Twitter will give its employees the option to work from home “forever” following the coronavirus pandemic that pushed the employer to embrace the working arrangement.
The social media company said Tuesday that it won’t open its offices back up until at least September, but employees won’t have to come back to the office–ever–if they don’t want to.
“The past few months have proven we can make that work,” Jennifer Christie, the company’s vice president of people, said in a blog post on Twitter’s website. “So if our employees are in a role and situation that enables them to work from home and they want to continue to do so forever, we will make that happen. If not, our offices will be their warm and welcoming selves, with some additional precautions, when we feel it’s safe to return.”
“It only makes sense that employers are going to think long and hard about expanding flexible work arrangements and remote work options once things return to some semblance of normalcy,” says Mark McGraw, total rewards research analyst at the Institute for Corporate Productivity (i4cp). “I think companies are going to see that some, maybe many, of the jobs they’ve always thought had to be done onsite could be done just about anywhere and could be done just as well.”
Recent data from i4cp found that more than half of 27 employers surveyed plan to expand or increase flexible work arrangements on a more permanent basis after the coronavirus outbreak is contained. Just 15% said they did not plan to revisit remote work options in the wake of COVID-19.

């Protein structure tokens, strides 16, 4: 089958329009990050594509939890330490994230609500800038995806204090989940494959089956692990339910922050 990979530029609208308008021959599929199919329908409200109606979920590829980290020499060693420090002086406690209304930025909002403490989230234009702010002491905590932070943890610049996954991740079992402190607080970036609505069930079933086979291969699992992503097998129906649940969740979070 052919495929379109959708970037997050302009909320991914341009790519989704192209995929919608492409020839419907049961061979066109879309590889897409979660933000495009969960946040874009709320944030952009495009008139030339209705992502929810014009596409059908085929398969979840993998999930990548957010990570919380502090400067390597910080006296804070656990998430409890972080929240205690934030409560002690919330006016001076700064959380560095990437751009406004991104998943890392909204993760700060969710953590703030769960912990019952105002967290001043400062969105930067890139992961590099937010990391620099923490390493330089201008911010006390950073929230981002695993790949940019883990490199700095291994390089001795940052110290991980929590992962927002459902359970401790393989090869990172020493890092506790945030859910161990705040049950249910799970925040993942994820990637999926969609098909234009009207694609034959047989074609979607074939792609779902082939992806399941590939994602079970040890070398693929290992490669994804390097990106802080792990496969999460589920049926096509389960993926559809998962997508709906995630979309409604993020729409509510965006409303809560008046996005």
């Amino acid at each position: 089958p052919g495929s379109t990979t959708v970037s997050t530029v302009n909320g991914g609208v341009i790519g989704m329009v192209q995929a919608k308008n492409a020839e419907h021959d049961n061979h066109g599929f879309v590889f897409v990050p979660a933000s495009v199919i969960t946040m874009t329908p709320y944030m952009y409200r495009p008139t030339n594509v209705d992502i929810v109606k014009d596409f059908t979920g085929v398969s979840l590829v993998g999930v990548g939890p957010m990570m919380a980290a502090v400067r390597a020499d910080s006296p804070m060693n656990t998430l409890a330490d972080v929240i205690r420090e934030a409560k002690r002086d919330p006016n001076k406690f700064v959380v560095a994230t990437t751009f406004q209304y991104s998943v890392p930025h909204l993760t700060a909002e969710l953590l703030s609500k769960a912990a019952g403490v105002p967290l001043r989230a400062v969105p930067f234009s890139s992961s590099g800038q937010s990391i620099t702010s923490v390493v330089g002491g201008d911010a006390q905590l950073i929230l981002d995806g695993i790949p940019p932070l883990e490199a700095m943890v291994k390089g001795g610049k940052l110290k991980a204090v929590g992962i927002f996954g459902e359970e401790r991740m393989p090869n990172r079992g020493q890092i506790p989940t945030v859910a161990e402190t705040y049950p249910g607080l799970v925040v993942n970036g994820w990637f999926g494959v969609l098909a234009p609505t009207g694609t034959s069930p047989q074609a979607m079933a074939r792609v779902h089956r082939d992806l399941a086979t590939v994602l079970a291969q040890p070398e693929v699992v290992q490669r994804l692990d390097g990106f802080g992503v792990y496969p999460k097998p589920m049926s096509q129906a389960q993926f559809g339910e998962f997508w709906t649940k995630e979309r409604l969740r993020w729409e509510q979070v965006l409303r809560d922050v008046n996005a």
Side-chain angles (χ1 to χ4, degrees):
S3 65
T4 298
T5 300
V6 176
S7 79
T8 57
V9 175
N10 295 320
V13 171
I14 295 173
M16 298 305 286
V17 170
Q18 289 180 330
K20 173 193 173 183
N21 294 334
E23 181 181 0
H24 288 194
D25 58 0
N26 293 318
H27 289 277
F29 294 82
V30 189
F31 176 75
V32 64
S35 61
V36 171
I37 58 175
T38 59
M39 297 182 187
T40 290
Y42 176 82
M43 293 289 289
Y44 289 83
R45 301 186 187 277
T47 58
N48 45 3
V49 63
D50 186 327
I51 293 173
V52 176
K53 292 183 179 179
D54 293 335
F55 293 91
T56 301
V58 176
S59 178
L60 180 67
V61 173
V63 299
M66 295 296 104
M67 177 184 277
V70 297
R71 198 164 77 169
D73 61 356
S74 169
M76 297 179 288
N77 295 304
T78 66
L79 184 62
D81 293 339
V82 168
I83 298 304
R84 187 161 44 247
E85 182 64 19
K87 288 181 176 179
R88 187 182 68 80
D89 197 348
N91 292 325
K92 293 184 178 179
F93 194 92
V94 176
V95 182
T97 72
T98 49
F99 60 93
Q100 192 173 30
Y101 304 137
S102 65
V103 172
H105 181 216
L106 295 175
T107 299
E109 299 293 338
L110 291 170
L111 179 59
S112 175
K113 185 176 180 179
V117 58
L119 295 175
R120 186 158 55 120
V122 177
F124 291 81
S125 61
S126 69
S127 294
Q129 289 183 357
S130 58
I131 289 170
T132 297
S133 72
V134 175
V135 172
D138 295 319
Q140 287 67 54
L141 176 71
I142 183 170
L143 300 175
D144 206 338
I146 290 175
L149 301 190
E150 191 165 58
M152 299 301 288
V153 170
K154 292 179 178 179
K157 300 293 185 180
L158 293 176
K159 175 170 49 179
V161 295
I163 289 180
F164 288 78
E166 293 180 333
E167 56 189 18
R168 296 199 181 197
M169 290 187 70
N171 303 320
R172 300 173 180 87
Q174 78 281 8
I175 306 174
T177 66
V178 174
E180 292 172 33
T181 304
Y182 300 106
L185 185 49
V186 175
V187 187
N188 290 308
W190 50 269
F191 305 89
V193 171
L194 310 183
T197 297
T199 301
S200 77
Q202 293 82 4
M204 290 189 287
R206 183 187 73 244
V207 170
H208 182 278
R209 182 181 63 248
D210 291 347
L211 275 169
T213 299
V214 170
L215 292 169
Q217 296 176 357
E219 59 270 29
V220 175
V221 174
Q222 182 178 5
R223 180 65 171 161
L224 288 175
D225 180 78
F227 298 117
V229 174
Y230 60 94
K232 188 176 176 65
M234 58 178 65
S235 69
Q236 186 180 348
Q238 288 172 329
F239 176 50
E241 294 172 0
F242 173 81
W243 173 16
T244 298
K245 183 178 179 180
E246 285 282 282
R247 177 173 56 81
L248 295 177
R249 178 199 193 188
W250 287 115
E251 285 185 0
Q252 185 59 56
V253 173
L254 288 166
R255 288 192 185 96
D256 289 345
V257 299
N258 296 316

Advocates say flexible working benefits–including remote work, flextime and compressed workweeks–encourage work/life balance and can result in higher productivity and increased employee satisfaction, loyalty and engagement. They also can help retain working parents, caregivers or workers with health conditions who have to balance doctors’ appointments and work hours.
“For many, flexible and remote working options give people more choice in when, where and how they work, and a lot of people value that,” Kimberly Bowen, vice president of talent management at Unum, told HRE recently. “Having the option to work remotely may enable people to travel more, spend less time in traffic, or better balance their other responsibilities. These may seem like small wins, but that flexibility can play into employees’ overall wellbeing and quality of both work and life.”